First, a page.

INKY Finds New Phishing Attack Technique Spoofing Netflix

A report published this week by INKY Technology, a provider of an email security platform, suggested cybercriminals have found yet another way to impersonate the web pages of a popular brand to harvest credentials—this time, it’s Netflix.

INKY discovered instances of malicious HTML attachments compressed in zip files; when opened, the malware rendered a local copy of a web page that looked identical to what an end user would normally encounter online. In the example INKY cited, cybercriminals created a form that appeared to be sent from Netflix to an end user.

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All sender email addresses were spoofed to look like they came from Netflix’s actual domain. In actuality, the phishing emails came from a compromised mail server controlled by a Peruvian university, INKY said.

Bukar Alibe, data curator for INKY, said he hoped end users would be suspicious of any zip file sent to them but unfortunately there are likely to be plenty of end users that would be tricked into giving up personally identifiable information (PII), especially if they assumed the request came from an online brand they trust.

Additionally, INKY is advising end users to make sure they are visiting web sites directly and to hover over links to make sure they go to an actual web site rather than a local file.

SMTP servers should also not be configured to accept and forward emails from non-local IP addresses to non-local mailboxes by unauthenticated and unauthorized users, INKY advised.

Brand impersonation is, of course, not a new attack vector. It’s apparent that cybercriminals are experimenting with new techniques they hope will evade existing anti-phishing tools that organizations have implemented. In effect, it’s a continuous arms race between providers of those tools and cybercriminals looking to evade detection, noted Alibe.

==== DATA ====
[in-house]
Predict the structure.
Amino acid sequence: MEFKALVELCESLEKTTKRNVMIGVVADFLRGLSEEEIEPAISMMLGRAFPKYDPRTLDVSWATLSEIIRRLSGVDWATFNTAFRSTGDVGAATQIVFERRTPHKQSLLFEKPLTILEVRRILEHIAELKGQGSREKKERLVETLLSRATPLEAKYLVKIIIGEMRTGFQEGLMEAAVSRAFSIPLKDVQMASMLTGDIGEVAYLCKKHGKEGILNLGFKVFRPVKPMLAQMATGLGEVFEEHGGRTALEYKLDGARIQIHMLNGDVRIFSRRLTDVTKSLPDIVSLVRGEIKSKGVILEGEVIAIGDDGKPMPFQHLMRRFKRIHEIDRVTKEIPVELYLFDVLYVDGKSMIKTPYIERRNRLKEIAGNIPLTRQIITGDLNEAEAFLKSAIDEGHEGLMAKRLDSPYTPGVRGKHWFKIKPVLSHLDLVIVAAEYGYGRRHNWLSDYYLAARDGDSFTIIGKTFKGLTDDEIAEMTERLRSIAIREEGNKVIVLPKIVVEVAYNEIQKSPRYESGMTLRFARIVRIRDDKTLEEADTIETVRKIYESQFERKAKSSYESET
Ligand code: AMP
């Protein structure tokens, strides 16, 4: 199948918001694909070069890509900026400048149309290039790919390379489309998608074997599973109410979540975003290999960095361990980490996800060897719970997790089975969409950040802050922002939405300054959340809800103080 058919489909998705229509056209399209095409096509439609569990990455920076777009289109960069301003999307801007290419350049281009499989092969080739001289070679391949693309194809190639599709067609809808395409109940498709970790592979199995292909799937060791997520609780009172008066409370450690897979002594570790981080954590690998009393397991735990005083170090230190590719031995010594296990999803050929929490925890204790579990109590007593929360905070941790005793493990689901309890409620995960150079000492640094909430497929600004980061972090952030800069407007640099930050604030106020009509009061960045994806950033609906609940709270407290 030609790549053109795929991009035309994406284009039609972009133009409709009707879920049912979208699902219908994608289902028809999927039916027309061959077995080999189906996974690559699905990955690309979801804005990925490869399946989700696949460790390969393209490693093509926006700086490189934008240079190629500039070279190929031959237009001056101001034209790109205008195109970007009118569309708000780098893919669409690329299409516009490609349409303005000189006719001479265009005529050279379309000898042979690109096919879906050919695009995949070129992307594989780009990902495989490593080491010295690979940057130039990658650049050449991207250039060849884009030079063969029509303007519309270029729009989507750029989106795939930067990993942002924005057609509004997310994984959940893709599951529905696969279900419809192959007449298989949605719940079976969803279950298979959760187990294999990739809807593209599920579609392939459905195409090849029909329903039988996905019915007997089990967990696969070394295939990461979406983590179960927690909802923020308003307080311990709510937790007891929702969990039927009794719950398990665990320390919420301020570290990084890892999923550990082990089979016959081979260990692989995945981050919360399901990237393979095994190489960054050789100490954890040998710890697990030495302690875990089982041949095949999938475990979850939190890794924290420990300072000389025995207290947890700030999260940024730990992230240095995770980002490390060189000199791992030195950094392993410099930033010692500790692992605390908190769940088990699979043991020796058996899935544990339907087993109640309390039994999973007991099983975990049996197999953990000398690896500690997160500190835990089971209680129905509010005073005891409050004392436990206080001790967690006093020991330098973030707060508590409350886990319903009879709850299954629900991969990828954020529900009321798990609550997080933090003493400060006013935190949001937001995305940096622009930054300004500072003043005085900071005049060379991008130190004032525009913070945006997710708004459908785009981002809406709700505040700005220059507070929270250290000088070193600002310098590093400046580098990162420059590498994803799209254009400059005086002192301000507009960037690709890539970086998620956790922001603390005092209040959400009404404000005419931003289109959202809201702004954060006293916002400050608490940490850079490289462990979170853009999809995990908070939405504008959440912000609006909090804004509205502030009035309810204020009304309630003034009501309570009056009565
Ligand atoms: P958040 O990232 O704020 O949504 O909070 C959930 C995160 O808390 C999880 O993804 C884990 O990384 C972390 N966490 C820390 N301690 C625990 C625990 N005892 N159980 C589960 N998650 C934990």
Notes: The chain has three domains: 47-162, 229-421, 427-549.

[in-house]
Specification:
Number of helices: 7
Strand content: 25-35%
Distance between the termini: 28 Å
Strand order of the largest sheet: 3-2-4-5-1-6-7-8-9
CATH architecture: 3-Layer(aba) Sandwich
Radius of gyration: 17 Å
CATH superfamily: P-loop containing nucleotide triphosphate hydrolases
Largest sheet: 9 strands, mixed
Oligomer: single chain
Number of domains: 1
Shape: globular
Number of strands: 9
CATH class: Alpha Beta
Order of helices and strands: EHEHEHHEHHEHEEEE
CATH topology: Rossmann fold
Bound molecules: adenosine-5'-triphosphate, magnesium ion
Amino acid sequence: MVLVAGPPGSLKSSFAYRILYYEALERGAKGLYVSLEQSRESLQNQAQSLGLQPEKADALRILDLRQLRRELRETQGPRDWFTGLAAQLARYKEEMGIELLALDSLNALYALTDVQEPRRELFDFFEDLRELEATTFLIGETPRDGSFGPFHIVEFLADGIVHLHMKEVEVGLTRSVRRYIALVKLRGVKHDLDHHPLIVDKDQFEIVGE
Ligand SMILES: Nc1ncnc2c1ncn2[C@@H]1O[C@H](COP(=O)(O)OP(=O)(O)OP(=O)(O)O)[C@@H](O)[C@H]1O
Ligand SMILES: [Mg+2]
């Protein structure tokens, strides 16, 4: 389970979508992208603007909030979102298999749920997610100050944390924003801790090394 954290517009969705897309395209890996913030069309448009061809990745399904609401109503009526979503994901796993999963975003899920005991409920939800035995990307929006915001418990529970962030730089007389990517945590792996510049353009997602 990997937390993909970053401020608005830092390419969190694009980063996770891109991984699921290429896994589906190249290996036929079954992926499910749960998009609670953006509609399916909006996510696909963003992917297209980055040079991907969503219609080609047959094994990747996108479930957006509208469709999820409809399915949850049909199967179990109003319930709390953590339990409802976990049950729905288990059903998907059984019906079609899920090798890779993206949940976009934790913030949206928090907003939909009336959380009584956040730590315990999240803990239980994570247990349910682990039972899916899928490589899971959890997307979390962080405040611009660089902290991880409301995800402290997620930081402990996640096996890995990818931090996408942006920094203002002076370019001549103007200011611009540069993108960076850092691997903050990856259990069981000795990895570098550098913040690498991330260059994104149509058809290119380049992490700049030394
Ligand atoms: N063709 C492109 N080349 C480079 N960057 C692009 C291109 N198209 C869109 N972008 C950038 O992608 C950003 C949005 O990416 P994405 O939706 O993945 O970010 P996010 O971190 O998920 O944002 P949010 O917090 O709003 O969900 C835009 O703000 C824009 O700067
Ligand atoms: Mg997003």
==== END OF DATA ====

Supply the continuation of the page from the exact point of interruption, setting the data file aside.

It will be up to each individual organization to determine how and how severely they will penalize end users for falling victim to phishing attacks, However, as phishing attacks become more sophisticated, they are becoming increasingly difficult for the average end user to detect. In fact, end user cybersecurity training needs to be ongoing to enable them to better recognize phishing attacks that are becoming increasingly difficult to detect. The days when phishing attacks could easily be detected because of misspellings, for example, are long over, noted Alibe.

INKY Technology is making a case for a platform that employs machine learning algorithms to make it easier to discover phishing attacks. Those algorithms may not replace the need to train end users, but they do help lower the chances an end user will be presented with an authentic-looking email through which attacks are introduced into an IT environment.

In the meantime, cybersecurity teams should expect to see the volume of phishing attacks continue to increase during a global economic downturn. After all, the number of individuals inclined to engage in illicit activities always increases any time the opportunities for making money by more legitimate means declines.

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Michael Vizard

Mike Vizard is a seasoned IT journalist with over 25 years of experience. He also contributed to IT Business Edge, Channel Insider, Baseline and a variety of other IT titles. Previously, Vizard was the editorial director for Ziff-Davis Enterprise as well as Editor-in-Chief for CRN and InfoWorld.

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